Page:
Arthur Hughes still keeps the spent bullet that crashed through his roof as a chilling reminder of how his or a loved one's life could have ended.
Hughes had come back from church Jan. 1, 2008, and found the bullet on the floor of his Riverdale home.
"I looked up and saw the hole," Hughes said. "Somebody could've been hurt if we were all home sitting in that area," Hughes said.
Someone had fired a shot from a .45 caliber handgun into the air to ring in the New Year.
He does not know who did it, but he is certain of one thing.
"That needs to stop. It's just not coming across to the community how dangerous this is," Hughes said.
Hughes launched a one-man mission to cease the celebratory gunfire. Each year he reminds people of how dangerous aimlessly firing their weapons can be.
"You need to find a better way to celebrate the new year," Hughes said.
Back 2009, a stray bullet struck and killed 4-year-old Marquel Peters as he attended a New Year's Eve service at church.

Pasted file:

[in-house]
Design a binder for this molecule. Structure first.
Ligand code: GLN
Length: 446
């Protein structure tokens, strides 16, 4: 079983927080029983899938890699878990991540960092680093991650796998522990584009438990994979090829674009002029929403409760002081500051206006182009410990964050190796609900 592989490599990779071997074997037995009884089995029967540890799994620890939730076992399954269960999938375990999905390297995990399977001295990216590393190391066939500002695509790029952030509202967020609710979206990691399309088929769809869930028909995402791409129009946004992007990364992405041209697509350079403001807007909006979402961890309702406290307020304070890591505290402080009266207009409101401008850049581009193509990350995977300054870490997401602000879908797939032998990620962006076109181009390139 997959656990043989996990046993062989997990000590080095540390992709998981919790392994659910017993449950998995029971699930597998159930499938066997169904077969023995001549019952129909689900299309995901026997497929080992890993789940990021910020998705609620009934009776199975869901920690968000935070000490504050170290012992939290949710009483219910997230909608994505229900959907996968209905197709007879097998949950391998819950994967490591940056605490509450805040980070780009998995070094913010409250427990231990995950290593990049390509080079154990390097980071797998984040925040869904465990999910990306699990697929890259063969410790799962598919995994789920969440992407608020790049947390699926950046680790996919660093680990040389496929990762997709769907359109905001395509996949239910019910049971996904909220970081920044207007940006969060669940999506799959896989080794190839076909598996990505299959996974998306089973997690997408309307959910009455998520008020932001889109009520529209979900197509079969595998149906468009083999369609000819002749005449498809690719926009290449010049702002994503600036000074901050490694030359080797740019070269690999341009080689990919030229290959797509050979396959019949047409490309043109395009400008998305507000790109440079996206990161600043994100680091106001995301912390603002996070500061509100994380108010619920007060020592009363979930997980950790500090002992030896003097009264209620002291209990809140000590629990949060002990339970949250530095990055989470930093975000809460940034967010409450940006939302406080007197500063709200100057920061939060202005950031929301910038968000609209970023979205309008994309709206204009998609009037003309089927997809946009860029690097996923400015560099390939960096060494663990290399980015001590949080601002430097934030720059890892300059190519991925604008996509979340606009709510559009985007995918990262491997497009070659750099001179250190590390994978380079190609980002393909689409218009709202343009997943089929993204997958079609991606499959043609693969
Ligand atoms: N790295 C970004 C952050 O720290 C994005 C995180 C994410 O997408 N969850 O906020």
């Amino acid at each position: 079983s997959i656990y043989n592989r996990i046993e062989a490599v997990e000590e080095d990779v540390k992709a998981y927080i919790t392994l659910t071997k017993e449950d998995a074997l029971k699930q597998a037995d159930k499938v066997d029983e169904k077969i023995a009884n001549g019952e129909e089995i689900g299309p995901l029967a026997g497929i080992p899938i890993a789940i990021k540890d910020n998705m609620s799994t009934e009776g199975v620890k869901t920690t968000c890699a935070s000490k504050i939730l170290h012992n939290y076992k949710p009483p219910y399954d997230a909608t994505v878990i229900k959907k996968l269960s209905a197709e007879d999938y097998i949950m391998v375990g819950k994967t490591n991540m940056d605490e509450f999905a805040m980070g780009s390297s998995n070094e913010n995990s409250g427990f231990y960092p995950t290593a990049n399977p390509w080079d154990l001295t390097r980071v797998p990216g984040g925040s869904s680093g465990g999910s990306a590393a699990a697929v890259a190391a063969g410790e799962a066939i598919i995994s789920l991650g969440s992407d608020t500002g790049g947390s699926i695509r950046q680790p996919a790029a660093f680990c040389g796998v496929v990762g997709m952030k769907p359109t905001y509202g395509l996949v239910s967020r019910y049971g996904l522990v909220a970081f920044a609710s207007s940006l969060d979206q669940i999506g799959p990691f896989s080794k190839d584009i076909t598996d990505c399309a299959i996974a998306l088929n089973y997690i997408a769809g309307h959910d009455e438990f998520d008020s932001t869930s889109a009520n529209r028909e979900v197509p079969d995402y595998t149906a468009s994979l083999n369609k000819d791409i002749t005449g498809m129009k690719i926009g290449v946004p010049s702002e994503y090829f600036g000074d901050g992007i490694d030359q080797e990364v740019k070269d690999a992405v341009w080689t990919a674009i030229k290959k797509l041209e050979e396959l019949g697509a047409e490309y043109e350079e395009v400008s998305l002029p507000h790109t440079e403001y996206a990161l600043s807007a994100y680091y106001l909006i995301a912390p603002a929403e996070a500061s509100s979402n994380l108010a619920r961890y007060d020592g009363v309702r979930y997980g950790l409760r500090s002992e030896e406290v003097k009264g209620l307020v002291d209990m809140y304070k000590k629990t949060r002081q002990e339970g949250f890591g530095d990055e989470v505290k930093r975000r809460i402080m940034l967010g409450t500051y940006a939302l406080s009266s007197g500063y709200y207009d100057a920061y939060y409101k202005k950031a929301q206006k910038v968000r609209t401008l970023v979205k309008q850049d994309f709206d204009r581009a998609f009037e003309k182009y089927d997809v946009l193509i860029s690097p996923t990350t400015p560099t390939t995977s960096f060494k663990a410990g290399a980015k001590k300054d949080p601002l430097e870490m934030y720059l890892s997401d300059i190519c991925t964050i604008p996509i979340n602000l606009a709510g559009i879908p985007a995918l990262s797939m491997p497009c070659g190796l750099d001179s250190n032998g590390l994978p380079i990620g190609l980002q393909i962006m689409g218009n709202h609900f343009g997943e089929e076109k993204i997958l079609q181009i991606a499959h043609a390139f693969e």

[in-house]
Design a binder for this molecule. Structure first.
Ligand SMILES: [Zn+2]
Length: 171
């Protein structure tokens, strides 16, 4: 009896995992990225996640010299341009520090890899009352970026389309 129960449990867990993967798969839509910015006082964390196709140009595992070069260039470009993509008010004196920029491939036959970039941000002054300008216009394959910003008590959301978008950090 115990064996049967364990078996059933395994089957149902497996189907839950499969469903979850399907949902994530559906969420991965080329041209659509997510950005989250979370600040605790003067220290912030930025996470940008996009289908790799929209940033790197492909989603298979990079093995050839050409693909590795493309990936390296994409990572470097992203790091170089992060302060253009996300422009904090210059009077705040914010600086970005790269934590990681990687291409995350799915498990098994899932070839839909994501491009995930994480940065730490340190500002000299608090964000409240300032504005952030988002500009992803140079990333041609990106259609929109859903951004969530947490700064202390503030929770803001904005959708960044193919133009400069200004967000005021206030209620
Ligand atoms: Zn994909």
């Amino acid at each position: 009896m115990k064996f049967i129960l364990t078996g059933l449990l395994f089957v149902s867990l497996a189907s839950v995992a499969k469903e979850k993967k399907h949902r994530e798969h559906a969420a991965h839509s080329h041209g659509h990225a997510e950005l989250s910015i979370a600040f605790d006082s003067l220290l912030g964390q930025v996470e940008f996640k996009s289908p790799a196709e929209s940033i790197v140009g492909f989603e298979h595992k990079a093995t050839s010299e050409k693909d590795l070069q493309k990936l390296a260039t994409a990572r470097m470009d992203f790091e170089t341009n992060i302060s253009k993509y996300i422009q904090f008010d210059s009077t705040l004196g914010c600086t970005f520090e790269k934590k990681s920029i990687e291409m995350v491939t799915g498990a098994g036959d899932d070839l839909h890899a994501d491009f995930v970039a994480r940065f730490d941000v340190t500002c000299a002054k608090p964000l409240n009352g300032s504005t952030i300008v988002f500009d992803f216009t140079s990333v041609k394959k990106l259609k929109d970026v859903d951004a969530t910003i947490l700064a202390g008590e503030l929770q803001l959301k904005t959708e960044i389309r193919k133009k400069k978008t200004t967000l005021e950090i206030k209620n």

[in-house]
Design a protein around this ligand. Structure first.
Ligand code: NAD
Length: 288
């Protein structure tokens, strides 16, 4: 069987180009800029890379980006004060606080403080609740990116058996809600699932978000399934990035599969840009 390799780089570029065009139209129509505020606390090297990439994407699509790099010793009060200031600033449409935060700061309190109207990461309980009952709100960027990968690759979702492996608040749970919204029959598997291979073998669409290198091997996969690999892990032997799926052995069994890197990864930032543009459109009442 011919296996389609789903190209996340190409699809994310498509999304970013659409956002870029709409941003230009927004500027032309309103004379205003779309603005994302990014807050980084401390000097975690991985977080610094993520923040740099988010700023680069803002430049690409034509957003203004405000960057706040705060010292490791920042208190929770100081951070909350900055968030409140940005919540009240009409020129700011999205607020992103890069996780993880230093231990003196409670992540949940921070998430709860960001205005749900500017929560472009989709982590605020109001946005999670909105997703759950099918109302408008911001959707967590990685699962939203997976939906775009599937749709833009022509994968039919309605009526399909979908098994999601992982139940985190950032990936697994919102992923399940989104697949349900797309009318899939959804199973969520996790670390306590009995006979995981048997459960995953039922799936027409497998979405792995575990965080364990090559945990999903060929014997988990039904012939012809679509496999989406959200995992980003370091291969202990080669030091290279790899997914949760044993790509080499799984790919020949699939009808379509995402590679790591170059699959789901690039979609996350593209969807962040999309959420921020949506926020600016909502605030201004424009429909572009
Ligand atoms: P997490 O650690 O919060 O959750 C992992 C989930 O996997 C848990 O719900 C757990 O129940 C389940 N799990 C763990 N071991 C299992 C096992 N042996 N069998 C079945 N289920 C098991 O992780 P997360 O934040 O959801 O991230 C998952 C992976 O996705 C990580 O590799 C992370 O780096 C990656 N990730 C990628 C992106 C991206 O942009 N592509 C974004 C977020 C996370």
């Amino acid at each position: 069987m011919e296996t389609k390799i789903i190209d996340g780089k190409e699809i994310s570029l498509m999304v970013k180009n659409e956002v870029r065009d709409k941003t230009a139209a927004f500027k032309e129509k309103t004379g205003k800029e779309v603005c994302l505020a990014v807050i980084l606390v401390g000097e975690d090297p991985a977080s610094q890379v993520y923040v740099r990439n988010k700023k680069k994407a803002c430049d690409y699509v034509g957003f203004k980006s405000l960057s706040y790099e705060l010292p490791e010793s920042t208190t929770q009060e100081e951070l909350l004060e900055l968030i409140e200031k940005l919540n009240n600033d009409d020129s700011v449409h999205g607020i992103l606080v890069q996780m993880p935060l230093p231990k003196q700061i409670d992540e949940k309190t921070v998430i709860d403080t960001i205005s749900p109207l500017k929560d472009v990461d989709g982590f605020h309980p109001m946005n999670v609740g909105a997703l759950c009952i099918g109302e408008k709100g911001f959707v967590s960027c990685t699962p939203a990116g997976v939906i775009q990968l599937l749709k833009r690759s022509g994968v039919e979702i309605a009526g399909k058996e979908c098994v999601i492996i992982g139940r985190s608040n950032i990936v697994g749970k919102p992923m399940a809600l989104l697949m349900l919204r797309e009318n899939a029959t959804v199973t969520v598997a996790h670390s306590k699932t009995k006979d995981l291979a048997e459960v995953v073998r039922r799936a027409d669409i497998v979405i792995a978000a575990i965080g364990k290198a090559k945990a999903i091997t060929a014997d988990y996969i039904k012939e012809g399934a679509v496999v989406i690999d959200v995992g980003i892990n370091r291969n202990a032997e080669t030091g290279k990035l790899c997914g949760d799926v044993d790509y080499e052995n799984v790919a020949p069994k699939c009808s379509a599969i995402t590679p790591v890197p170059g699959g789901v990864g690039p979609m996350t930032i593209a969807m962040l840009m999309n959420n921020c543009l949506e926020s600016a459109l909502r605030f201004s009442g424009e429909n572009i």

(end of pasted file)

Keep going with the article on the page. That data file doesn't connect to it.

Riverdale Police Chief Samuel Patterson warned that celebratory gunfire is illegal.
He said, however, many people open fire, thinking they're having harmless fun and without thinking about where their bullets land.
"I think if they knew those rounds could harm someone, they could kill someone and they wouldn't do it," Patterson said. "It's going up in the air and coming down and could harm or kill an innocent bystander."
Annette Jordan, a Jonesboro resident, understand the problem all too well. She said a stray bullet flew into her home a few years ago.
"It could've hit one of my children. It could've hit me," Jordan said.
She was lucky, Marquel Peters was not.
Hughes said that tragedy can strike again if people remain careless and blindly fire their guns into the air, without considering how deadly their actions can be.
Copyright 2012 WGCL-TV (Meredith Corporation). All rights reserved.
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